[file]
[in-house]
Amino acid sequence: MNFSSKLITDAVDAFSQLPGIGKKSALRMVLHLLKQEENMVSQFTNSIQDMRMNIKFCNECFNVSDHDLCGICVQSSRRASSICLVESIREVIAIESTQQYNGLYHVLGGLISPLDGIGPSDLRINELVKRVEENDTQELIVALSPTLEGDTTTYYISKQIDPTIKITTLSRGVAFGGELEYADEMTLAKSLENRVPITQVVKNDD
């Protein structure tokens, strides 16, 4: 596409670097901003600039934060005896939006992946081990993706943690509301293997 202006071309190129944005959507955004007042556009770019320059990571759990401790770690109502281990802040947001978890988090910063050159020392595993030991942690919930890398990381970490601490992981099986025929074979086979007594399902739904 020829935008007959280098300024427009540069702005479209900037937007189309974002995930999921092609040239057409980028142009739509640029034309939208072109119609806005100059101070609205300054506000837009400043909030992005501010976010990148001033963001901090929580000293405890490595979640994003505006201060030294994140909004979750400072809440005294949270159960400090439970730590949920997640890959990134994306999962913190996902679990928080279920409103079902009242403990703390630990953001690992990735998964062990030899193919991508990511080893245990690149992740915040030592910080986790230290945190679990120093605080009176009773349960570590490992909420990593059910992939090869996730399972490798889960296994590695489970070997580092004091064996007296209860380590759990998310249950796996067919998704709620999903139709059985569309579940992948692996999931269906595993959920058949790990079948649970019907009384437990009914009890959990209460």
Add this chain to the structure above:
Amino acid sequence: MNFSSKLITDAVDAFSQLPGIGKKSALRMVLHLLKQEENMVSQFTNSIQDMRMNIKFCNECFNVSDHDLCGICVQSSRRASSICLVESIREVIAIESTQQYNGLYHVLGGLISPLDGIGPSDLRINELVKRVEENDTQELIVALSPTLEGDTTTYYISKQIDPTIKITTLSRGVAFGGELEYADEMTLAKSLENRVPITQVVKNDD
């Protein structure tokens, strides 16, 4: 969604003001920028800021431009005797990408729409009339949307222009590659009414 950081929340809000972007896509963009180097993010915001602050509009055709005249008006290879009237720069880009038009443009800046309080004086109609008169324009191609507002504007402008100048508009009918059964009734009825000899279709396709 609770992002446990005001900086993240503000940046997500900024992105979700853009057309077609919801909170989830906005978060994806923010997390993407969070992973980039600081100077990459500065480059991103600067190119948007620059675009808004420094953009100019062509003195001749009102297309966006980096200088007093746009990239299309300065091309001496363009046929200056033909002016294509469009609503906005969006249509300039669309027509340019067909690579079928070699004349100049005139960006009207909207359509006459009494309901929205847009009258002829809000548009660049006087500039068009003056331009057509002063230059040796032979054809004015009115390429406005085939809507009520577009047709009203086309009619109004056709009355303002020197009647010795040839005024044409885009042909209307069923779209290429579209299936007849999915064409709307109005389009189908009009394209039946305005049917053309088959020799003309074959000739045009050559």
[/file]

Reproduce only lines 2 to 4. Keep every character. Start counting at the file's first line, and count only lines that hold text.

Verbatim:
Amino acid sequence: MNFSSKLITDAVDAFSQLPGIGKKSALRMVLHLLKQEENMVSQFTNSIQDMRMNIKFCNECFNVSDHDLCGICVQSSRRASSICLVESIREVIAIESTQQYNGLYHVLGGLISPLDGIGPSDLRINELVKRVEENDTQELIVALSPTLEGDTTTYYISKQIDPTIKITTLSRGVAFGGELEYADEMTLAKSLENRVPITQVVKNDD
């Protein structure tokens, strides 16, 4: 596409670097901003600039934060005896939006992946081990993706943690509301293997 202006071309190129944005959507955004007042556009770019320059990571759990401790770690109502281990802040947001978890988090910063050159020392595993030991942690919930890398990381970490601490992981099986025929074979086979007594399902739904 020829935008007959280098300024427009540069702005479209900037937007189309974002995930999921092609040239057409980028142009739509640029034309939208072109119609806005100059101070609205300054506000837009400043909030992005501010976010990148001033963001901090929580000293405890490595979640994003505006201060030294994140909004979750400072809440005294949270159960400090439970730590949920997640890959990134994306999962913190996902679990928080279920409103079902009242403990703390630990953001690992990735998964062990030899193919991508990511080893245990690149992740915040030592910080986790230290945190679990120093605080009176009773349960570590490992909420990593059910992939090869996730399972490798889960296994590695489970070997580092004091064996007296209860380590759990998310249950796996067919998704709620999903139709059985569309579940992948692996999931269906595993959920058949790990079948649970019907009384437990009914009890959990209460």
Add this chain to the structure above: